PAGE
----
Despite a slowdown in orders, fleet growth is still outpacing demand growth. This is keeping a lid on rates on major trade lanes.
Scrubber refits will take out some capacity ahead of IMO 2020, but pressure will remain in charter rates for smaller ships, says Alphaliner
OVERCAPACITY continues to stalk the container shipping segment despite a slowdown in orders and deliveries in the past year, with surplus tonnage having a related impact on freight rates.
While rates in the first half of 2019 were better than in the year-earlier period, the momentum had since turned negative, with average spot rates now 16% down from January, Alphaliner said in its mid-year review of the box market.
“The capacity pressure is most apparent on the Asia-Europe routes, where freight rates have fallen by over 30% from their peaks early this year as carriers are struggling to rein in the capacity increase, which is 6% higher compared with a year ago,” Alpaliner said. “Carriers are trying to mitigate the capacity increase through a series of blank sailings in July and August, but these moves have so far failed to reverse the rate slump.”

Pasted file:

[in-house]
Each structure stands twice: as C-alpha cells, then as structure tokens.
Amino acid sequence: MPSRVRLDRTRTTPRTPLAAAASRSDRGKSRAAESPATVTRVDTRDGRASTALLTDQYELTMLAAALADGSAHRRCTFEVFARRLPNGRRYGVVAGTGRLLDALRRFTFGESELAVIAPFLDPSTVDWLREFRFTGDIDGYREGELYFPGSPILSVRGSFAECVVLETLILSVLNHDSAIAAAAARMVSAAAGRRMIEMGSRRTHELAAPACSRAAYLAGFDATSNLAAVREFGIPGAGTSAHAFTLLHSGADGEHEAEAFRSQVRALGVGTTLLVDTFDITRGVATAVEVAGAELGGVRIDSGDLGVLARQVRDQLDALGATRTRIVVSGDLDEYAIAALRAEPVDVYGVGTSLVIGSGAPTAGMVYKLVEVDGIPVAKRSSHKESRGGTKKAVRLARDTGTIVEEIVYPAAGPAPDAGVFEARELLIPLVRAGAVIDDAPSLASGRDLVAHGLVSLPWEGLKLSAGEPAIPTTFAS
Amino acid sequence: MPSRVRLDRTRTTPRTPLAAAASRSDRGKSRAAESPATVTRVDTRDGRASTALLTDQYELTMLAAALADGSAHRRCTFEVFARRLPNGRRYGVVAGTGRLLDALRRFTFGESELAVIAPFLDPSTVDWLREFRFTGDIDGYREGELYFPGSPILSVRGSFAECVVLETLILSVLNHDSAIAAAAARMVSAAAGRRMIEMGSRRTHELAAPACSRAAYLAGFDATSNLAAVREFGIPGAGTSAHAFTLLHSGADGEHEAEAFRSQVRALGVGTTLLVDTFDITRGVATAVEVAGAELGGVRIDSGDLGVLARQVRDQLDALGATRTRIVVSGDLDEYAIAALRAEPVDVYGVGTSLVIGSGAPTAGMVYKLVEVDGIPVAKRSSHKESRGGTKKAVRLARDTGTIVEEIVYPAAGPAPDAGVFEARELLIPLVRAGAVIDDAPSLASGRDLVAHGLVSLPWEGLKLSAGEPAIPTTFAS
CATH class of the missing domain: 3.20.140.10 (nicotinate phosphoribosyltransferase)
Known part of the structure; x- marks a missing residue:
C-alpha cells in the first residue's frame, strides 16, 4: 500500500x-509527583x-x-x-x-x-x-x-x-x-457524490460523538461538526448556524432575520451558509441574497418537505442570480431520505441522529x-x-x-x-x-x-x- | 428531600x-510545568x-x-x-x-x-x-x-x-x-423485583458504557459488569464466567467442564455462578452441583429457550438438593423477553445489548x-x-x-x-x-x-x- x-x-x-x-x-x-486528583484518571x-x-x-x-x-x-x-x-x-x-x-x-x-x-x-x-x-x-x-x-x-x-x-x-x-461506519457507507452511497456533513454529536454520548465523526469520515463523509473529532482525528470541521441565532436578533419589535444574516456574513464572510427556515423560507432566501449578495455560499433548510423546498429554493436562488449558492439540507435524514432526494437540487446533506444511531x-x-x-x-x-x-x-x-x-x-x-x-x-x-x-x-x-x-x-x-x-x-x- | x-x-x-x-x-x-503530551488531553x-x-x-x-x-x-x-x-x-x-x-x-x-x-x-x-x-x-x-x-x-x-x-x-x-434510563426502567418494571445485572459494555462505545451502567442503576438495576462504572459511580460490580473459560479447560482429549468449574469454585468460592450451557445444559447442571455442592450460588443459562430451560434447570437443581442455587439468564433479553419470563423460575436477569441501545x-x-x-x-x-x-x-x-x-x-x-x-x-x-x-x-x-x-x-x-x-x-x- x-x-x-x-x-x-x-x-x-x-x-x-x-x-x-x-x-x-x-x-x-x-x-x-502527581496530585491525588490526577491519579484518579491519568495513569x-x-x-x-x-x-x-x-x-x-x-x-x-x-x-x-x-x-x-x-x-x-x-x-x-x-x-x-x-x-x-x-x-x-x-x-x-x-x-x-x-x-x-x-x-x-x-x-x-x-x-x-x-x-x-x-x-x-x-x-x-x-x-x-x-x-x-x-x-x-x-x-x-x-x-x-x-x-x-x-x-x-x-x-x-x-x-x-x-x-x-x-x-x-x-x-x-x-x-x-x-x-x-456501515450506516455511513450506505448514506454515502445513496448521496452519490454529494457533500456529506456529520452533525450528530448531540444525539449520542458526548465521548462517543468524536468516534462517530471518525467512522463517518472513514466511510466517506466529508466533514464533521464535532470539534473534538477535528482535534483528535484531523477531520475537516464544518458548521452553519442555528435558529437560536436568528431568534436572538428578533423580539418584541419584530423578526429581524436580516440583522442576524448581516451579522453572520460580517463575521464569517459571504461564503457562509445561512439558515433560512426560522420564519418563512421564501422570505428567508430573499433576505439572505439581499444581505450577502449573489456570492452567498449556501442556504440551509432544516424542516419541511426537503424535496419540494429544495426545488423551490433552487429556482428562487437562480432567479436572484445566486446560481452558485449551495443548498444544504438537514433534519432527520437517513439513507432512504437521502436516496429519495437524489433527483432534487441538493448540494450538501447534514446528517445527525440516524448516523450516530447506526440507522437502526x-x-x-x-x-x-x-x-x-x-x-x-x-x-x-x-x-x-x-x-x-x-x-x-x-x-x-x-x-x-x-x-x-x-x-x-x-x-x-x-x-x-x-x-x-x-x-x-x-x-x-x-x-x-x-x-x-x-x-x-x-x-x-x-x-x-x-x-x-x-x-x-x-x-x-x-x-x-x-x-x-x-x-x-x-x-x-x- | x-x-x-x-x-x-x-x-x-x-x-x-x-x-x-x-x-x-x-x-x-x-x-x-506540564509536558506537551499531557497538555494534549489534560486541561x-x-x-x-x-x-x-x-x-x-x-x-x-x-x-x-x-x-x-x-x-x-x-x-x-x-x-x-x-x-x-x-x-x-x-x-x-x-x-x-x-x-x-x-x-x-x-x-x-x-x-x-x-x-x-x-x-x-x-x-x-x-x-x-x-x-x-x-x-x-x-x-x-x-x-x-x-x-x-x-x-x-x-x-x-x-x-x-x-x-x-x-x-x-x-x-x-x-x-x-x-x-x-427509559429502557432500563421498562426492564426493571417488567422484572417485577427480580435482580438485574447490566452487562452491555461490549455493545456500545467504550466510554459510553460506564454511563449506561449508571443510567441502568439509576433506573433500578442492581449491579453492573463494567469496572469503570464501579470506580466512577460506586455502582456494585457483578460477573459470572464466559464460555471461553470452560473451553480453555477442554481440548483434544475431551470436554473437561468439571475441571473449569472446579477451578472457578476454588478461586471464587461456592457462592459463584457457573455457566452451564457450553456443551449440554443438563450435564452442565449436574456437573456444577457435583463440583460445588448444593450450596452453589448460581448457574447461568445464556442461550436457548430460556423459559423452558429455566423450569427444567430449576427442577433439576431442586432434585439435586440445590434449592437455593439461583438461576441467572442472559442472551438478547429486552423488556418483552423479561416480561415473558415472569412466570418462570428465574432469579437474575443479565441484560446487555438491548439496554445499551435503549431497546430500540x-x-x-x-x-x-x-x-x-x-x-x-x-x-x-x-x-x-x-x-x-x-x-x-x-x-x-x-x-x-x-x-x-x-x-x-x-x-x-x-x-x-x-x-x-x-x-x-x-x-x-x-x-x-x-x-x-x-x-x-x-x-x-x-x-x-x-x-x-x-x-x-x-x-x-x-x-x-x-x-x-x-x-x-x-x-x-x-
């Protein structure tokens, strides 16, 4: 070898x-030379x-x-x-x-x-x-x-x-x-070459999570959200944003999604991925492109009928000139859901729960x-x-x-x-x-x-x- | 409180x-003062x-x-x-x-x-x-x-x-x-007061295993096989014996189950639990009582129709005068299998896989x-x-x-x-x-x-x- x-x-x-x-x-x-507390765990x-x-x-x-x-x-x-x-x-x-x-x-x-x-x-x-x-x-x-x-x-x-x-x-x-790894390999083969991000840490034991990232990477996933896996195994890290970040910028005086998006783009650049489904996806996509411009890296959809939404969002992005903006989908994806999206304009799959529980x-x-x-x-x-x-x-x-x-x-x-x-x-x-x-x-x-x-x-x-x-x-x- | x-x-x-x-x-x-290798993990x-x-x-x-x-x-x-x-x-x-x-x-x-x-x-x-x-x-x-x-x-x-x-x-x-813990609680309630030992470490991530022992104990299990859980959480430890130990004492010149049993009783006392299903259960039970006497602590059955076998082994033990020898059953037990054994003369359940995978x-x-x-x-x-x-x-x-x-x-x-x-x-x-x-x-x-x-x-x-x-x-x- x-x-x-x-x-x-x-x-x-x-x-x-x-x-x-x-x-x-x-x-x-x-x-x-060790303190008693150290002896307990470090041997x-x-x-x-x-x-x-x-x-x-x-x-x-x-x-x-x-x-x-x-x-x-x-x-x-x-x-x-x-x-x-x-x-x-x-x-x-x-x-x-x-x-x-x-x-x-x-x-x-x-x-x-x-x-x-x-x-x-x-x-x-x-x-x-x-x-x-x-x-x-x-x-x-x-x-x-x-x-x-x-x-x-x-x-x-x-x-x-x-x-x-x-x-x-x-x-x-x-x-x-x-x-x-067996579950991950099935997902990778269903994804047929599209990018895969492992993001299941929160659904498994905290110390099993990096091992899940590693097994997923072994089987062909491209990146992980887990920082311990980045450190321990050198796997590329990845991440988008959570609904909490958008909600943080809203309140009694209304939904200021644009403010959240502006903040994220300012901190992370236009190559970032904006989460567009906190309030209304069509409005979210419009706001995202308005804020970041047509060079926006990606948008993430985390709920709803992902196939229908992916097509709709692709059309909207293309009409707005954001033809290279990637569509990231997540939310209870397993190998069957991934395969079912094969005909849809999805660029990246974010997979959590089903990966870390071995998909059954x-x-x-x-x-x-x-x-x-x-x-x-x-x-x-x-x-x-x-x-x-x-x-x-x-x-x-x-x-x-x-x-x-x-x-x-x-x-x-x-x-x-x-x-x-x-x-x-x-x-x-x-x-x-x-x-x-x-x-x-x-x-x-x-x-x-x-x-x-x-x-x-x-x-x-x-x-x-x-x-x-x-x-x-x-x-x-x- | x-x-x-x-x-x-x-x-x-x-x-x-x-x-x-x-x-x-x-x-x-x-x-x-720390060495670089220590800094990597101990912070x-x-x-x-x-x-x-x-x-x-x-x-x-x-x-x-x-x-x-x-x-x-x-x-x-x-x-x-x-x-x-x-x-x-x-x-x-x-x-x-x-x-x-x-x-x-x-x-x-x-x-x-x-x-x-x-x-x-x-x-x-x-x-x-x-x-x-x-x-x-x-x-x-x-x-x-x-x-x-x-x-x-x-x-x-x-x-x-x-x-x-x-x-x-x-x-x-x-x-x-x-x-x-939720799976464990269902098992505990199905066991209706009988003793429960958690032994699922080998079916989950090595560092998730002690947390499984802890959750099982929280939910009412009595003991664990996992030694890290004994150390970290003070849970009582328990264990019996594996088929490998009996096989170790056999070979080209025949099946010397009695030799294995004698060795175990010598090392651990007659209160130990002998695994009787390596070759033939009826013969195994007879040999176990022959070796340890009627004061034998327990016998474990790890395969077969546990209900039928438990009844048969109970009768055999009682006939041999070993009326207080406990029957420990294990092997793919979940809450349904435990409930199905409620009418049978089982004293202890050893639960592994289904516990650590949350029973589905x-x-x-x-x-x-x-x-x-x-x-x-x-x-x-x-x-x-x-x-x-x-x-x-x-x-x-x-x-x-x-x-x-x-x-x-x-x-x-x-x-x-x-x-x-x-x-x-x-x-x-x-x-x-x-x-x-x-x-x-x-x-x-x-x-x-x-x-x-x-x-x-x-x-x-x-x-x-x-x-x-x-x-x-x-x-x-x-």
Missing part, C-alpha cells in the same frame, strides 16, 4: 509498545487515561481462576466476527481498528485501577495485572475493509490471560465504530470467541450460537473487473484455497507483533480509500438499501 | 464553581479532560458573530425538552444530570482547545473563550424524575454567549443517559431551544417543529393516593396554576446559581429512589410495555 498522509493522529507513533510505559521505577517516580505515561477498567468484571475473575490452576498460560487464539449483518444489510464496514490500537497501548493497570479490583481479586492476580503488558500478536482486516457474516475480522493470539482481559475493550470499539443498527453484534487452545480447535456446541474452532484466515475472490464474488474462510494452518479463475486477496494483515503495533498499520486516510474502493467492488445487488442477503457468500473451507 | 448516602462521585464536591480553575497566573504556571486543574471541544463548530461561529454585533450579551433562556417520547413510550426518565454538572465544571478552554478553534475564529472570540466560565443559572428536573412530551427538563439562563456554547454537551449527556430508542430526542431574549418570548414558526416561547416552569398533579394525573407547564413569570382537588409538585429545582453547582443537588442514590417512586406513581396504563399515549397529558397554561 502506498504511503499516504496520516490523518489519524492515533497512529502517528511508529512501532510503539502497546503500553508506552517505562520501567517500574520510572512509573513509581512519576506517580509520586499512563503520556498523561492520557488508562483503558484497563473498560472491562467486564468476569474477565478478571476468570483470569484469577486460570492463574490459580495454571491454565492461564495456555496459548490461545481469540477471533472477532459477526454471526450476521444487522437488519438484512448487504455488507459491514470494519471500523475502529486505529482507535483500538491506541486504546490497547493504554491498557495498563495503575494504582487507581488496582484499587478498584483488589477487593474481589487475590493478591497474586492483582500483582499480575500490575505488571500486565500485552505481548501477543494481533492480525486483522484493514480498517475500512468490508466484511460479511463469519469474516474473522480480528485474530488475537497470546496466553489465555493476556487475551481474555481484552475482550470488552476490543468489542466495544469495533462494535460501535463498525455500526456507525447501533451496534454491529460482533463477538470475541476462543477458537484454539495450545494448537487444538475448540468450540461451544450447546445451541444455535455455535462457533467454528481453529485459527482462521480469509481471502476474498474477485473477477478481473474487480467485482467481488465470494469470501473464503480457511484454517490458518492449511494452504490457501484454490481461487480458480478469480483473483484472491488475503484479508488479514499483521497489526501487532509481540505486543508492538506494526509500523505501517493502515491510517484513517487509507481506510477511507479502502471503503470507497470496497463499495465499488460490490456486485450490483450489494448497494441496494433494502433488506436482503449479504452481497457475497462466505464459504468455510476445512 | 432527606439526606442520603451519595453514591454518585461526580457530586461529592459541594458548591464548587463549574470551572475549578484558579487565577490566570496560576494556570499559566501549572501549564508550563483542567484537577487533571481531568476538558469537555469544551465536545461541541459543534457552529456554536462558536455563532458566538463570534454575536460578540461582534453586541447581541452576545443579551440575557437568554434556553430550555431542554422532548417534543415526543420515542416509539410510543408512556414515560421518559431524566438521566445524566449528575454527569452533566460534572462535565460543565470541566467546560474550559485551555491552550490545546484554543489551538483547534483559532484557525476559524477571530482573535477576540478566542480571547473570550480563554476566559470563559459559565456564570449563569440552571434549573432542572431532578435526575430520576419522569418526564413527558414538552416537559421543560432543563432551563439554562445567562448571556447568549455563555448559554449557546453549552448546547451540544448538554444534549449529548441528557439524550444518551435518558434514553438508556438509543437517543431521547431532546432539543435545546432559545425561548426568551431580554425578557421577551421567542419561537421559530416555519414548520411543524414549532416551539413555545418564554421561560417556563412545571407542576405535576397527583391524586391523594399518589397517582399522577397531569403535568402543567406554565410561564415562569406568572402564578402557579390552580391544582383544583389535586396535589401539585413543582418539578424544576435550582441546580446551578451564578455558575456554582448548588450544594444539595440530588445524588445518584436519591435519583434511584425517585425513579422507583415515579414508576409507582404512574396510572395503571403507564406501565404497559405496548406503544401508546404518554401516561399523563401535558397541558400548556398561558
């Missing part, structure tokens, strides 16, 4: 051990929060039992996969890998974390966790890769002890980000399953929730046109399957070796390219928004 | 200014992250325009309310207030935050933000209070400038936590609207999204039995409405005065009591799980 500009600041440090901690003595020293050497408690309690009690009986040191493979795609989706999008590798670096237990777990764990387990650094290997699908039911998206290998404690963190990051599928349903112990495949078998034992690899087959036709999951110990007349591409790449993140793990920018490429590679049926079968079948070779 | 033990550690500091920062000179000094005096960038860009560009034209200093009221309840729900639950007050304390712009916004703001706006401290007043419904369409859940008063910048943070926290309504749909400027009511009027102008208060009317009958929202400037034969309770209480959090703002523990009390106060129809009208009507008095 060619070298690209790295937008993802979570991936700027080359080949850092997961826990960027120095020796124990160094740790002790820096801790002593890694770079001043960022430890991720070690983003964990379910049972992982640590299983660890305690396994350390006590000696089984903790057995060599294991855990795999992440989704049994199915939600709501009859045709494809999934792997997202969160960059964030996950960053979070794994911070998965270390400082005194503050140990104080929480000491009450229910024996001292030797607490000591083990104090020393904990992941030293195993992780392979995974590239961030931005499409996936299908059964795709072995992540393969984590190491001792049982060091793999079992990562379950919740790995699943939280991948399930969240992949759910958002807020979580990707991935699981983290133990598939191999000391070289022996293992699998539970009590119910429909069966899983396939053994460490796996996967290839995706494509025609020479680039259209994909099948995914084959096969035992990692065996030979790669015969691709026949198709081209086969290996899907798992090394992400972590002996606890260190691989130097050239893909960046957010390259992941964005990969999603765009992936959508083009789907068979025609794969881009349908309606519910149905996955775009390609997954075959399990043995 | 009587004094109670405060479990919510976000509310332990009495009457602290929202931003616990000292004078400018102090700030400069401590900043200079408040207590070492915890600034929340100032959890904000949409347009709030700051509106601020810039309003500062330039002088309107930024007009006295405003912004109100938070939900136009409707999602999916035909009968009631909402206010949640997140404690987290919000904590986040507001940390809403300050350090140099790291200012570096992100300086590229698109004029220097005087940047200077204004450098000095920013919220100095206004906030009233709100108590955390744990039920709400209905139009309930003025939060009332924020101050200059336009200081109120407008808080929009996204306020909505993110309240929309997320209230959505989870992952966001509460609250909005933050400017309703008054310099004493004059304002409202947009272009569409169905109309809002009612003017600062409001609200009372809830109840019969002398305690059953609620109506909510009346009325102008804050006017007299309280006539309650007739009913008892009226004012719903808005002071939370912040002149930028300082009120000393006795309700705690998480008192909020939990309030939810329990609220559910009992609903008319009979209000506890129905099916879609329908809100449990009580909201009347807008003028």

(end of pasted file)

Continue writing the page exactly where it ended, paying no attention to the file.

No new services have been added on the transpacific trade so far this year and the spot freight rate decline was largely contained to just 10% to the US east coast and 20% to the US west coast, according to Alphaliner.
Nevertheless, extra loaders were being deployed onto the Pacific as the peak season begins, and new strings from the 2M alliance and Zim could add pressure here too.
Alphaliner data showed the containership fleet grew by 3.7% in the year to July 1.
“While the rate of fleet capacity growth has decreased from 6.6% in July last year to 3.7% today, slowing demand growth has weighed heavily on the market’s overall performance,” it said.
This has shown through in what Alphaliner describes as a “two-tier” market for chartering, where vessels over 6,000 teu have commanded increasing rates but smaller ships have lost ground.
“The looming IMO 2020 sulphur rule deadline has spurred demand for larger ships to fill sailing gaps caused by tonnage removed from the market to undergo scrubber retrofits,” Alphaliner said.
It noted that 12 ships over 7,000 teu were undergoing scrubber refits.
“This trend is expected to continue for the remainder of the year and a busy scrubber retrofit schedule will continue to bolster demand for ships of 5,000 teu and above,” Alphaliner said. “Any impact from vessel downtime related to scrubbers will however be more limited for the smaller sizes.”
Carriers such as Mediterranean Shipping Co, CMA CGM and Evergreen, which have orders in delivery for ships between 11,000 teu and 23,000 teu, would use newbuildings to cover for scrubber refits, but these will ultimately add to the overcapacity issue, particularly those that can only be utilised on the Asia-Europe trades.